Our Founding Fathers knew how to find water, such as following the signs of vegetation and digging in those areas.

[Related Read: 13 Unique Places to Find Water for Survival]

#5 Use Herbal Medicine

While we are thankful for modern medicine, some of us are a little too dependent on over-the-counter medications and doctors.

There may come a time when you cannot access a hospital or drugstore.

Would you know how to treat sickness like our forefathers did?

They relied on herbal medicines, such as feverfew for relieving fevers and southernwood for upset stomachs.

Learn the way of the land, and let the land help you.

#6 Start and Maintain a Fire

A father and son dressed in outdoor gear, blowing on a fire to help the flames grow.

Fire starting is one of the skills today’s young people lack.

Gone are the days when young people were taught how to start and maintain a campfire on their own.

And yet, this is one of the most essential survival skills one can have. Do you know how to start a fire?

[Related Read: The 8 Types of Fires Every Survivalist Needs to Know How to Build]

#7 Forage

Most Americans do not know how to forage for food, whether because they are fearful of eating something poisonous or simply just unmotivated.

However, our Founding Fathers used foraging to their advantage, such as foraging for honey to use as a sweetener. And knowing which berries were edible.

#8 Build Shelter

My son had to build a temporary shelter in the wilderness to earn a badge in Boy Scouts. He built a lean-to using fallen tree limbs and branches.

This isn’t something many young people get the opportunity to do today.

Our Founding Fathers went even further than building lean-tos. 

They knew how to build homes using logs and mud, and they even set up encampments with earthen kitchens during the Revolutionary War.

Shelter is among your top priorities for survival. You'd better learn how to put up your own, just in case.

#9 Cook over Fire

Today, we can quickly get the food we want when we want it.

I remember people being shocked by how quickly they could warm up frozen dinners in microwaves.

Now, we’ve got people ordering food from GrubHub and Uber Eats, then getting it delivered within an hour.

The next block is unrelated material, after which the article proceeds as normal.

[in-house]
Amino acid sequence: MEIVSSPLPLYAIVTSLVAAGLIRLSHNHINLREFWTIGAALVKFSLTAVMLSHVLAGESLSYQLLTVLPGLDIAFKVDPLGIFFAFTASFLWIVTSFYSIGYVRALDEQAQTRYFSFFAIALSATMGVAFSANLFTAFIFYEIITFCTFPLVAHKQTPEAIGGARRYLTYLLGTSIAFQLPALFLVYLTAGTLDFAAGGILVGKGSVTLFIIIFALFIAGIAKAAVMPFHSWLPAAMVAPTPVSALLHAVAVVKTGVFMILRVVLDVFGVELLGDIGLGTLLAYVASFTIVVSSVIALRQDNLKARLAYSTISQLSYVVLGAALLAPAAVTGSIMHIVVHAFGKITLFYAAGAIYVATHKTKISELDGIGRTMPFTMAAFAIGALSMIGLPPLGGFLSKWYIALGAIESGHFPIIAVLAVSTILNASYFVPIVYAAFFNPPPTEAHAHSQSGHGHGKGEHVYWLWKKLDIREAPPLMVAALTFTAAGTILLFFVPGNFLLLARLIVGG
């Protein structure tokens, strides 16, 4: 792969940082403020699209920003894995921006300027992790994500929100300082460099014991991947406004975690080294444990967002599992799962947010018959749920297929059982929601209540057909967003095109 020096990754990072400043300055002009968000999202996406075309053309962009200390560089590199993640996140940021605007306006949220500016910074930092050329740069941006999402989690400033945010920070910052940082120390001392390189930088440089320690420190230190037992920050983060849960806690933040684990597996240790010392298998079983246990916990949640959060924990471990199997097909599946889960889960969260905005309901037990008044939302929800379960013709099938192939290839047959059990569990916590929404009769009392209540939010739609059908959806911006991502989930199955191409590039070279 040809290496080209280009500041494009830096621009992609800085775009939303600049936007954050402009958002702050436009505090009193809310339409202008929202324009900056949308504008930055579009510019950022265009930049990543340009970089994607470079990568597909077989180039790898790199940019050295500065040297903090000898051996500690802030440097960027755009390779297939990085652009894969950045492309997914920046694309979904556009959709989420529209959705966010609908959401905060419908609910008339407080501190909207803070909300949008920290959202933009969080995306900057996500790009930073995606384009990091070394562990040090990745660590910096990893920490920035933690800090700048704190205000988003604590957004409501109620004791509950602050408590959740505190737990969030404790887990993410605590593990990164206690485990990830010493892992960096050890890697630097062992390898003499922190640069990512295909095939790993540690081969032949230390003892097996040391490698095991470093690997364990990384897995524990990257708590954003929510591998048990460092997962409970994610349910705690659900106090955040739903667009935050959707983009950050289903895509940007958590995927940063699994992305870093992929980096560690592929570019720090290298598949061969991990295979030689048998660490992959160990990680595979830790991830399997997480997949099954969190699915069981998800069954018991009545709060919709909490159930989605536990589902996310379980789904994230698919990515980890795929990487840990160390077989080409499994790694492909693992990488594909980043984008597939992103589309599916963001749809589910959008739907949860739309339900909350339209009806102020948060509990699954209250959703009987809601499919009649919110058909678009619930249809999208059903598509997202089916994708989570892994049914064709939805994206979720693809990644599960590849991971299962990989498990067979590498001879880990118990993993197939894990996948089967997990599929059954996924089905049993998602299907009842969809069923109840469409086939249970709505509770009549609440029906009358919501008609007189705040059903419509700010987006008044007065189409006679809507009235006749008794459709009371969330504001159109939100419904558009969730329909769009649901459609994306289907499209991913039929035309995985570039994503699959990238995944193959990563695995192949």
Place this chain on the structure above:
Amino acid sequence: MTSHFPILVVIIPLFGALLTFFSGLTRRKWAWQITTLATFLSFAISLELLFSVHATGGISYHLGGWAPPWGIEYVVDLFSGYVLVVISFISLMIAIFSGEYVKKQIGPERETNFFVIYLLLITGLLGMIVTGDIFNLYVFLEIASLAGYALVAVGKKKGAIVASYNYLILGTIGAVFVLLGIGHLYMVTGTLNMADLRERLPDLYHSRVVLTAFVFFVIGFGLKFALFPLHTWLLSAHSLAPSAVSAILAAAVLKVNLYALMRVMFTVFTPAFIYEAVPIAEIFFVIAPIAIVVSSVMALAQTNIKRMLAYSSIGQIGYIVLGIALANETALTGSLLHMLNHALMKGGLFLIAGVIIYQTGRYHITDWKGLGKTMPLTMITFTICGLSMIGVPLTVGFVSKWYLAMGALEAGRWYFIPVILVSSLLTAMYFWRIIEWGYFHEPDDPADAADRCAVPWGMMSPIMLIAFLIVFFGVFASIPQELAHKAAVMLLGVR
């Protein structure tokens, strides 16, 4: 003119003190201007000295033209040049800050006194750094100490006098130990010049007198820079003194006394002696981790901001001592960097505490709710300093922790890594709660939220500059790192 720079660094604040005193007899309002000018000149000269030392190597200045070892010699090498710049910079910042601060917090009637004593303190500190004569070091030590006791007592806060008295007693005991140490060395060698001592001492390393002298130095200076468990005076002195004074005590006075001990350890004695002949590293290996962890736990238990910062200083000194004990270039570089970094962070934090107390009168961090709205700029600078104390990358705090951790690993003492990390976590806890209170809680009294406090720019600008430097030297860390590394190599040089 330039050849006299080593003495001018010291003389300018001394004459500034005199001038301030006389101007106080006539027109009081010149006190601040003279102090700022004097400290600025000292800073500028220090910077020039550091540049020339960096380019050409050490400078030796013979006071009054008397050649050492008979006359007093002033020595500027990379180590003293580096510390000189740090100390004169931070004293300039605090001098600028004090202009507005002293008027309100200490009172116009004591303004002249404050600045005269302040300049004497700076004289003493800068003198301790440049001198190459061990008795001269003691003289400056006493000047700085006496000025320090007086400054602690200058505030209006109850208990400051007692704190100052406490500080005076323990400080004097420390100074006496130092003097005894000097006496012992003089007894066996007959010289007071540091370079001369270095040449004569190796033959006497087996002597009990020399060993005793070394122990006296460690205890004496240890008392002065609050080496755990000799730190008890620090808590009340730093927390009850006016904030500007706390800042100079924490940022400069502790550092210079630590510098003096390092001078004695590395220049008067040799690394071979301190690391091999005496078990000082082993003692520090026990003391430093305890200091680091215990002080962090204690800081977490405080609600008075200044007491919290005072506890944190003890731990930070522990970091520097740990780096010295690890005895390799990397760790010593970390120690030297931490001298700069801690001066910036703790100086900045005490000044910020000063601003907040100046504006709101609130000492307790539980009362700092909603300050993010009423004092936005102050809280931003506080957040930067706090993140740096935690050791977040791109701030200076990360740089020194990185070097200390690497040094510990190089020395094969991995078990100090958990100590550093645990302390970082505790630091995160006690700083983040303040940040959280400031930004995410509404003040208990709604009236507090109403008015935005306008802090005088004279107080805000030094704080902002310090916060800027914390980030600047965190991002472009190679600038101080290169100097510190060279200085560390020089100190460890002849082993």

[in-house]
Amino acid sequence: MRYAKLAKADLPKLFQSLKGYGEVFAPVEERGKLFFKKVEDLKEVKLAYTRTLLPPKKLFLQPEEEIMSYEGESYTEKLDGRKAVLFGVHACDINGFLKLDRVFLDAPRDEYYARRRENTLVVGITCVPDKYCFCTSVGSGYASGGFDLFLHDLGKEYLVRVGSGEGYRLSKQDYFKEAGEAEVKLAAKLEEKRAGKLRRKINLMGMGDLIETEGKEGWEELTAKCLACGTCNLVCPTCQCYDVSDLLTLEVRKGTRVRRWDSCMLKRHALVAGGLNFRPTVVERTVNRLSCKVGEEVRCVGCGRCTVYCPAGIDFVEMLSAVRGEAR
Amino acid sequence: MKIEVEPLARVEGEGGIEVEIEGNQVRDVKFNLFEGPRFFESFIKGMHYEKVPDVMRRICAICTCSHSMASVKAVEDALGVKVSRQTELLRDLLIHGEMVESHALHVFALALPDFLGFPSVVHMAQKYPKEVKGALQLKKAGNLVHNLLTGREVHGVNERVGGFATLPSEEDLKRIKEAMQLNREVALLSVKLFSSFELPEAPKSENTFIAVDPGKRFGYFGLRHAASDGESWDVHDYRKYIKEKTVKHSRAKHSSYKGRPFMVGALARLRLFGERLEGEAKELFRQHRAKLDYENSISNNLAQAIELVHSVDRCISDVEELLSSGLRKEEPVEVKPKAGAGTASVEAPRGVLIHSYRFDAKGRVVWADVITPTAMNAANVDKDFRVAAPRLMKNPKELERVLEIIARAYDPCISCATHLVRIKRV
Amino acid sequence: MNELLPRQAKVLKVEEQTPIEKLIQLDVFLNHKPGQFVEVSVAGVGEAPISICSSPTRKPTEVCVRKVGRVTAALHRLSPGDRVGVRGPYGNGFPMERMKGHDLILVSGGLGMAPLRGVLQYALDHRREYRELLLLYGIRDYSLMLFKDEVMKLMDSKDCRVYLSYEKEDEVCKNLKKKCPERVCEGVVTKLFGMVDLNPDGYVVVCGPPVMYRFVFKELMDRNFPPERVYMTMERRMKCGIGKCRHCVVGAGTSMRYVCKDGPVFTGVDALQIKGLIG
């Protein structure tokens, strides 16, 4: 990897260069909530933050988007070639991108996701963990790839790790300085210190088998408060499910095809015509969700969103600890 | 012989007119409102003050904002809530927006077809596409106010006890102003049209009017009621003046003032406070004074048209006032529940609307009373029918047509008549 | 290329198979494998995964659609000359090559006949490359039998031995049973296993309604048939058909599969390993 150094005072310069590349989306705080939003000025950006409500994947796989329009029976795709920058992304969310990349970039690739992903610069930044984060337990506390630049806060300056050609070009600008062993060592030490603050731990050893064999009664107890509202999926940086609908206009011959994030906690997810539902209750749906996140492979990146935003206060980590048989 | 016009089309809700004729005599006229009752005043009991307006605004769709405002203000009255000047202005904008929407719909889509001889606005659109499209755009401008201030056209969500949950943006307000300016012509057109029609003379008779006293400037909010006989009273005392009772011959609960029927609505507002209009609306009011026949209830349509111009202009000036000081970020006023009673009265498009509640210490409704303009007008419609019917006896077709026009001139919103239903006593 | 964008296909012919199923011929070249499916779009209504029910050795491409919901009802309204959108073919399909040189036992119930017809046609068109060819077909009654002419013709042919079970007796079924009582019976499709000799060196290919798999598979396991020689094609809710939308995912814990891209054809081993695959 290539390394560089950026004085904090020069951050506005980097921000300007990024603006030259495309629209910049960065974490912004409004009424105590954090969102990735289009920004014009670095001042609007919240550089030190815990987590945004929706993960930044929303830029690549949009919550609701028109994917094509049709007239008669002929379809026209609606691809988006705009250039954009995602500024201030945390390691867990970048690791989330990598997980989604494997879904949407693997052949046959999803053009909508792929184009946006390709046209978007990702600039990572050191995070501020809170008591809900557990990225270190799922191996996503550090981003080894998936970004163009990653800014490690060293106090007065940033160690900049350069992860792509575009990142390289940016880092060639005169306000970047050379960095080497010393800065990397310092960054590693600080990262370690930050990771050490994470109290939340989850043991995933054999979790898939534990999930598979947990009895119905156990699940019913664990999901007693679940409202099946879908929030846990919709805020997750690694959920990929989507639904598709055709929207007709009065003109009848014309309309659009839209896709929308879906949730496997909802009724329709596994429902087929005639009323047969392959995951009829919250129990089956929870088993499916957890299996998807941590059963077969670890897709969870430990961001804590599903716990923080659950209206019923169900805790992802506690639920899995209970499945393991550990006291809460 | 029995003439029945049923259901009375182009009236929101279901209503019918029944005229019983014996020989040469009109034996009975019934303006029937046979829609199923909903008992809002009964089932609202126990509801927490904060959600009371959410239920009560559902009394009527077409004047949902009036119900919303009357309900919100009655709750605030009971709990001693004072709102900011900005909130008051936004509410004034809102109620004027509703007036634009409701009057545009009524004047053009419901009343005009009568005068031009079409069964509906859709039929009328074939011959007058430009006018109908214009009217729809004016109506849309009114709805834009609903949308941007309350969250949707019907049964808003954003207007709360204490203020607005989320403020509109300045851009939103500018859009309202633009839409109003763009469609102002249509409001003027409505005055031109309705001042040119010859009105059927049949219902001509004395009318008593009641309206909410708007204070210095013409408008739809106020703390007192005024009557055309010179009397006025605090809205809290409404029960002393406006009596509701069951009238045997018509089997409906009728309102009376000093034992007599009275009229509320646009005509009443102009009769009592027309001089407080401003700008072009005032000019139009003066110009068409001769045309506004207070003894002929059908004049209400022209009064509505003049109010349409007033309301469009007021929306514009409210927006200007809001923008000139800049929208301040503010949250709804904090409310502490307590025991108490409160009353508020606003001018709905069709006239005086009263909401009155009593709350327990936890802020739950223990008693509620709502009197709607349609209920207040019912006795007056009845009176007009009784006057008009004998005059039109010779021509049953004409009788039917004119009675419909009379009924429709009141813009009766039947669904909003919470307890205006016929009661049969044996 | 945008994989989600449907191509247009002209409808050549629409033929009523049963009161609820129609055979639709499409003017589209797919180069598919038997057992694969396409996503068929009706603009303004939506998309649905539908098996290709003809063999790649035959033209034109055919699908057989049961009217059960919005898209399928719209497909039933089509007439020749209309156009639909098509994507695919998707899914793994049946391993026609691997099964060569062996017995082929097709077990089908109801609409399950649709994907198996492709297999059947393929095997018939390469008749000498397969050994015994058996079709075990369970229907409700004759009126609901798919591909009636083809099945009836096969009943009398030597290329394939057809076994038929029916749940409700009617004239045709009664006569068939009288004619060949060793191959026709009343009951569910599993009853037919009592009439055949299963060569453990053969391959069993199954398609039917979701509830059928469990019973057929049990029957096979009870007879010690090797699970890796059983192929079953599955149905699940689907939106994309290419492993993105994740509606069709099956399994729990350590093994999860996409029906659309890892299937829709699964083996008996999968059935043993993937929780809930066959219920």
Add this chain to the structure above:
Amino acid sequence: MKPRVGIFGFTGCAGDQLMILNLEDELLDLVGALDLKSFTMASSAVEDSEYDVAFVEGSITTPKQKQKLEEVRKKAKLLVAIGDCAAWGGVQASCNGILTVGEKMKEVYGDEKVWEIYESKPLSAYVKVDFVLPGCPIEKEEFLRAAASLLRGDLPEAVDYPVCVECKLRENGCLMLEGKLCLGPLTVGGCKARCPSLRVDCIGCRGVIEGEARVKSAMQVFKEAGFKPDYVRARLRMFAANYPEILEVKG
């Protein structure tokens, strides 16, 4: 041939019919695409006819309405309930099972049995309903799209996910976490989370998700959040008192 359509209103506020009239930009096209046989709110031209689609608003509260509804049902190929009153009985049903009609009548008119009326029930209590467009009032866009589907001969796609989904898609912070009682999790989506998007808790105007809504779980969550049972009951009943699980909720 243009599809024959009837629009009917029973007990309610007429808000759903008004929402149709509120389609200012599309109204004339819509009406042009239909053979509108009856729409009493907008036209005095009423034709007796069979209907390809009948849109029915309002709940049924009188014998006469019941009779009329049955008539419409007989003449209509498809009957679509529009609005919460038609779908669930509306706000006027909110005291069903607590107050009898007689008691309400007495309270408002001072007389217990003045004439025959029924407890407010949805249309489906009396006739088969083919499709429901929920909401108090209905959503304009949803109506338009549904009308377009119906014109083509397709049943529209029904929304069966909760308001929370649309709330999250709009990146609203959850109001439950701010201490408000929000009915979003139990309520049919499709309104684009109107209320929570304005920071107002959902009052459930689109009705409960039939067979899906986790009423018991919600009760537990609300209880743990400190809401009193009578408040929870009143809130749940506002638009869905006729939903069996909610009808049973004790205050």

Why learn to cook when you can get food delivered?

Now imagine what these delivery-dependent people will do during a disaster when gasoline and power aren’t available...

Will they know how to cook food for themselves over an open fire? Only if someone has shown them how.

[Related Read: Cook with Cast Iron like the Settlers]

#10 Read a Map

A man with outdoor gear and a heavy-duty backpack holding and reading a map.

George Washington was a land surveyor and relied heavily on maps.

Today, many Americans rely solely on GPS and Google Maps. They wouldn’t even know how to read a real, paper map.

Meanwhile, Washington famously used maps to help defeat the British. 

According to George Washington's America: a Biography through His Maps, “Many of our first president's decisions during his long career as a surveyor, soldier, and statesman were made only after careful readings of the existing cartographical materials.

#11 Predict the Weather

Meteorologists only get it right about half the time, yet many Americans are reliant on their weather predictions.

This hasn’t always been the case.

Our Founding Fathers knew how to pay careful attention to the skies and weather patterns to predict upcoming weather.

This can really save you when you're setting up camp, hiking to your next hideout, or foraging for food.

#12 Tell Time 

Some of the Founding Fathers had watches to tell time.

However, telling time by sun or sundial was standard practice.

Today, many students can’t tell time using an analog clock, let alone the sun...

If your skills could be better, now is the time to start learning, friends. 

 

In liberty,

Elizabeth Anderson

Preparedness Advisor, My Patriot Supply